program_wb_i - page 36

W13: Introductory Laboratories
Sponsor: Committee on Laboratories
Time: 1–5 p.m. Saturday
Member Price: $70
Non-Member Price: $95
Location: Tate 130
Mary Ann Klassen, Dept. of Physics & Astronomy, Swarthmore College, 500
College Ave., Swarthmore PA 19081;
Whether your lab curriculum is ripe for an overhaul or well-established,
this workshop will provide new ideas to bring home to your institution.
Six presenters from colleges and universities across the United States will
each demonstrate their approach to a favorite introductory lab exercise. At-
tendees will have the opportunity to work with each apparatus. Documen-
tation will be provided for each experiment, with lab manuals, sample data,
equipment lists, and construction or purchase information. This workshop
is appropriate primarily for college and university instructional laboratory
W14: Afternoon Tour of the Bakken Museum
Sponsor: Committee on History and Philosophy in Physics
Time: 1–5 p.m. Saturday
Member Price: $10
Non-Member Price: $10
Location: offsite
Shawn Reeves;
David Rhees
Explore the connections between history, science, and engineering at this
beautiful mansion and gardens. The Bakken houses the world’s leading col-
lection of books and artifacts on the history of electricity in life. A bus will
take us to the site on Lake Calhoun.
W15: Activity-based Physics for the Advanced H.S.
Sponsor: Committee on Physics in High Schools
Time: 1–5 p.m. Saturday
Member Price: $68
Non-Member Price: $93
Location: Tate 225
Maxine Willis, Dickinson College, Department of Physics and Astronomy,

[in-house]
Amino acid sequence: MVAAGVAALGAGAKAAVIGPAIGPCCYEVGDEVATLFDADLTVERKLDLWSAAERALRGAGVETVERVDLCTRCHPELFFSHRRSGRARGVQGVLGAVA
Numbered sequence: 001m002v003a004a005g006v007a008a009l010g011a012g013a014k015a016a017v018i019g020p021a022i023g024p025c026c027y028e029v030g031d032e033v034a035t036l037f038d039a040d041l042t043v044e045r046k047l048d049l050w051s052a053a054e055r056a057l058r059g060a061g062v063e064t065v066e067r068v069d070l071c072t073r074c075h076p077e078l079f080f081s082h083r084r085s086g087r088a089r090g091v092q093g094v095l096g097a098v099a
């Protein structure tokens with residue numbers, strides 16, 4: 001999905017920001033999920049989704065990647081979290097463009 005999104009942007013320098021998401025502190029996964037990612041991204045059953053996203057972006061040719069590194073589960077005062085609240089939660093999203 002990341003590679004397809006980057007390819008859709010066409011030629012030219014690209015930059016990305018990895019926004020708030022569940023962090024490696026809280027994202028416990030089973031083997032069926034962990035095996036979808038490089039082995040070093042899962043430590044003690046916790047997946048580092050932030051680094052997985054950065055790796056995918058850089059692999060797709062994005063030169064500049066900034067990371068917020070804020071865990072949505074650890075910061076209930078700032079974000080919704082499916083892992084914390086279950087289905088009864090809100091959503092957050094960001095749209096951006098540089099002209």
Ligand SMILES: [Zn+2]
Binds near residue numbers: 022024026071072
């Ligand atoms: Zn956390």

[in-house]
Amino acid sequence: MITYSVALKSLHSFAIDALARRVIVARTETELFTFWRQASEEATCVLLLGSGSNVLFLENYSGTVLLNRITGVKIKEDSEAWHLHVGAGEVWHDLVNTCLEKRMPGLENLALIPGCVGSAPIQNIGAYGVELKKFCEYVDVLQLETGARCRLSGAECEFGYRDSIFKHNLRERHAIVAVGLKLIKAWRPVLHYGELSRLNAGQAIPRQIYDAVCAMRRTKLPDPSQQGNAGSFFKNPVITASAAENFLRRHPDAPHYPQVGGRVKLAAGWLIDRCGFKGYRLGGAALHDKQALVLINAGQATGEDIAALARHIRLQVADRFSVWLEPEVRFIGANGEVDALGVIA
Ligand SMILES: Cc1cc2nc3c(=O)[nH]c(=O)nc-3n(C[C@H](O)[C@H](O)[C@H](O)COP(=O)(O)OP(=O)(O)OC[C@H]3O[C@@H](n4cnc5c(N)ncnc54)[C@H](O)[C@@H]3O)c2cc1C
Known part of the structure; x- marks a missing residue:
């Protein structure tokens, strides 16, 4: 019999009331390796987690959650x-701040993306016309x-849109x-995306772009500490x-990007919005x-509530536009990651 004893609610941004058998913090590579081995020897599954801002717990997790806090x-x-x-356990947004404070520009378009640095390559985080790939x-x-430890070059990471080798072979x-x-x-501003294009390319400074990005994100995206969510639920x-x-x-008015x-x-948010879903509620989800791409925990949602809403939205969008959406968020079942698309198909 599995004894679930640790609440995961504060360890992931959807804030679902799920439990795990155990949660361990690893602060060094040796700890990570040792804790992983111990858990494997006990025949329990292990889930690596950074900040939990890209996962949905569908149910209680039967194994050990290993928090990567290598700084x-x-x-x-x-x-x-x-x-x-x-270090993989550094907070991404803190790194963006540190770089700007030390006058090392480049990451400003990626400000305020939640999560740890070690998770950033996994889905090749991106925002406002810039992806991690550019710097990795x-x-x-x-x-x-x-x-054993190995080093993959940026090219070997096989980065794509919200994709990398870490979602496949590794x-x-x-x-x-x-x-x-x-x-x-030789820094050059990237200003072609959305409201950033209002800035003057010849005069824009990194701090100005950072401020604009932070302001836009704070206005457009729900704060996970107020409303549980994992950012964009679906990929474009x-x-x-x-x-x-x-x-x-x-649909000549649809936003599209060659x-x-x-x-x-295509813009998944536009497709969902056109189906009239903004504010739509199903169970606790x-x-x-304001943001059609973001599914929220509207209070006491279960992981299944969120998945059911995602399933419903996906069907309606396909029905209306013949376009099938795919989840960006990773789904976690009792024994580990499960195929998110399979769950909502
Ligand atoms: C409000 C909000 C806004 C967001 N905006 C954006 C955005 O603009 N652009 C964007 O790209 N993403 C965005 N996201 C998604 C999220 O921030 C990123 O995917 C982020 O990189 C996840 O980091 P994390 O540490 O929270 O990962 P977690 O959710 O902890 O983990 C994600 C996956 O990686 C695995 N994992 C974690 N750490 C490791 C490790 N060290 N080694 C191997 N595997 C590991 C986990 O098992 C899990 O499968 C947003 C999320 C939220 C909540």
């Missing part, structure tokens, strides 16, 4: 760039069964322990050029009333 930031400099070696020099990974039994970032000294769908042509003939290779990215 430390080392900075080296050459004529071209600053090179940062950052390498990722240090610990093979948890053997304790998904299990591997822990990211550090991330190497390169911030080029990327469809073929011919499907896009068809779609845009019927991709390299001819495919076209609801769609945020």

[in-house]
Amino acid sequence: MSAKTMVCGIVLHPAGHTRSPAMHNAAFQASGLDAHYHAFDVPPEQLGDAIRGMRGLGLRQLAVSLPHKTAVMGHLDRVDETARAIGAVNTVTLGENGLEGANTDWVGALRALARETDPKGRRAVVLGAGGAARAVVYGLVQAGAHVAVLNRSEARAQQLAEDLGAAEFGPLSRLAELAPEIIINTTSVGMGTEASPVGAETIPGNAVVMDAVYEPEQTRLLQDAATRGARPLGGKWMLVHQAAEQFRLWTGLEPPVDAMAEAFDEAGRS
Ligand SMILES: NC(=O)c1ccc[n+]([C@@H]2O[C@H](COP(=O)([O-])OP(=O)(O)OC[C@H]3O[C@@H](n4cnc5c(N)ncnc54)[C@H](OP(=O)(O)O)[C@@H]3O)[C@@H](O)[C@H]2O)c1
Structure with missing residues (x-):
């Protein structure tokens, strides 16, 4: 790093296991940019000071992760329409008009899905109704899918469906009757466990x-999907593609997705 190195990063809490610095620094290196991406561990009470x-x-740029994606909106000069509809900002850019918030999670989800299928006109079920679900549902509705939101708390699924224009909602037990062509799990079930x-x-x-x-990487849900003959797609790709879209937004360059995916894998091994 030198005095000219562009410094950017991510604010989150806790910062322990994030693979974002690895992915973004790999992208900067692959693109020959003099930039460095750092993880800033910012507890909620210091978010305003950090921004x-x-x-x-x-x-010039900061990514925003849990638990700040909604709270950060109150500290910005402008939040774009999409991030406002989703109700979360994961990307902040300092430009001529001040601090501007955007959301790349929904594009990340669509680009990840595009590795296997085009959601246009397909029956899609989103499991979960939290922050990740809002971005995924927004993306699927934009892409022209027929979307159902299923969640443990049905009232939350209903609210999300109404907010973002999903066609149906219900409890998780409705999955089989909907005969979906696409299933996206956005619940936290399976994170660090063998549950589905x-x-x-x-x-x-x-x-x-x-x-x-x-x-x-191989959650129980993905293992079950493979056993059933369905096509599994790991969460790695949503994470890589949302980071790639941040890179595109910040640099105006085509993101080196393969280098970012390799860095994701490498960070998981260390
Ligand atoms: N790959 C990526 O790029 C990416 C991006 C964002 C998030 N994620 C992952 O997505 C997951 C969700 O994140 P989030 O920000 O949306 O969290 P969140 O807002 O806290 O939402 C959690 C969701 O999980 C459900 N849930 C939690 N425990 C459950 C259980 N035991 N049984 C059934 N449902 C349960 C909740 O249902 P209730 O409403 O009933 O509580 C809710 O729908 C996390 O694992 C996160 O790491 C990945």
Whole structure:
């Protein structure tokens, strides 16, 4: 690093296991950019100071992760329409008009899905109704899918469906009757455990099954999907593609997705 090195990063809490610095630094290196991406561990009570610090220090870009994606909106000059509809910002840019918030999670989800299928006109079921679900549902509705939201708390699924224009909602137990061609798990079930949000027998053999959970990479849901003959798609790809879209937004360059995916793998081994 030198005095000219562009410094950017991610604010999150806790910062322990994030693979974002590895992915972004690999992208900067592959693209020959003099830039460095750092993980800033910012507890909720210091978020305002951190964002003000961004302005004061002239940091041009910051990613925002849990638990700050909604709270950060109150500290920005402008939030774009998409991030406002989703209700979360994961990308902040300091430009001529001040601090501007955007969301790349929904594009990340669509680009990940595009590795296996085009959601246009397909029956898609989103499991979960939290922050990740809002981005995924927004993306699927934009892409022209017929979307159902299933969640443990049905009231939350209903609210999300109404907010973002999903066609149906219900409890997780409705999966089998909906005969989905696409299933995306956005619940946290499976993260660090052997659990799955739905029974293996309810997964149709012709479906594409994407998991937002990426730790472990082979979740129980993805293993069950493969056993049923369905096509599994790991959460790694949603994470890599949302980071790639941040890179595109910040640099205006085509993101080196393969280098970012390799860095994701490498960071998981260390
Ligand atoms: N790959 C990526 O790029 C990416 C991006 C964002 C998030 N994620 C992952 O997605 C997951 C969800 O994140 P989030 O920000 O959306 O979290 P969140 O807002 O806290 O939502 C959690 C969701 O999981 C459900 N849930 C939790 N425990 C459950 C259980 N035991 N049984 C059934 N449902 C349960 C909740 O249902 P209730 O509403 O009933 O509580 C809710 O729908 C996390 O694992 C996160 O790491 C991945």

Carlisle, PA 17013;
Priscilla W. Laws, Steve Henning
This hands-on work shop is designed for teachers in advanced physics
classes (such as AP, International Baccalaureate and honors physics) who
want to help students master concepts in mechanics through inquiry-based
active learning. Participants will work with classroom-tested curricular
materials drawn from the Activity Based Physics Suite (
. These Suite materials,
based on the outcomes of physics education research, enable students to
learn physics by collecting and analyzing data using flexible computer tools
available from either Vernier or PASCO. Affordable access to the Suite
materials for secondary school use is now available and will be discussed.
W16: Tinkering and Explorations in Science – Integrating
Sensors and Data Acquisition with Arduino
Sponsor: Committee on Educational Technologies
Co-sponsor: Committee on Apparatus
Time: 1–5 p.m. Saturday
Member Price: $110
Non-Member Price: $135
Tate 140
Brian Huang, 6175 Longbow Drive, Boulder, CO 80301; brian.huang@
At SparkFun, our focus is to excite the greater community to “tinker”
and play with electronics. We strive to push the envelope for integrating
electronics, technology, and programming into all populations. Using the
simplicity and power of the open-source community, we will model several
tools and hands-on demonstrations of physics experiments in the Arduino
environment. One of the pillars of STEM education is to build, create,
and invent. The Arduino platform is built around this idea and is easier
than you think! We will explore areas of motion, forces, sound, and light
with this low-cost microcontroller platform. We will also brainstorm ideas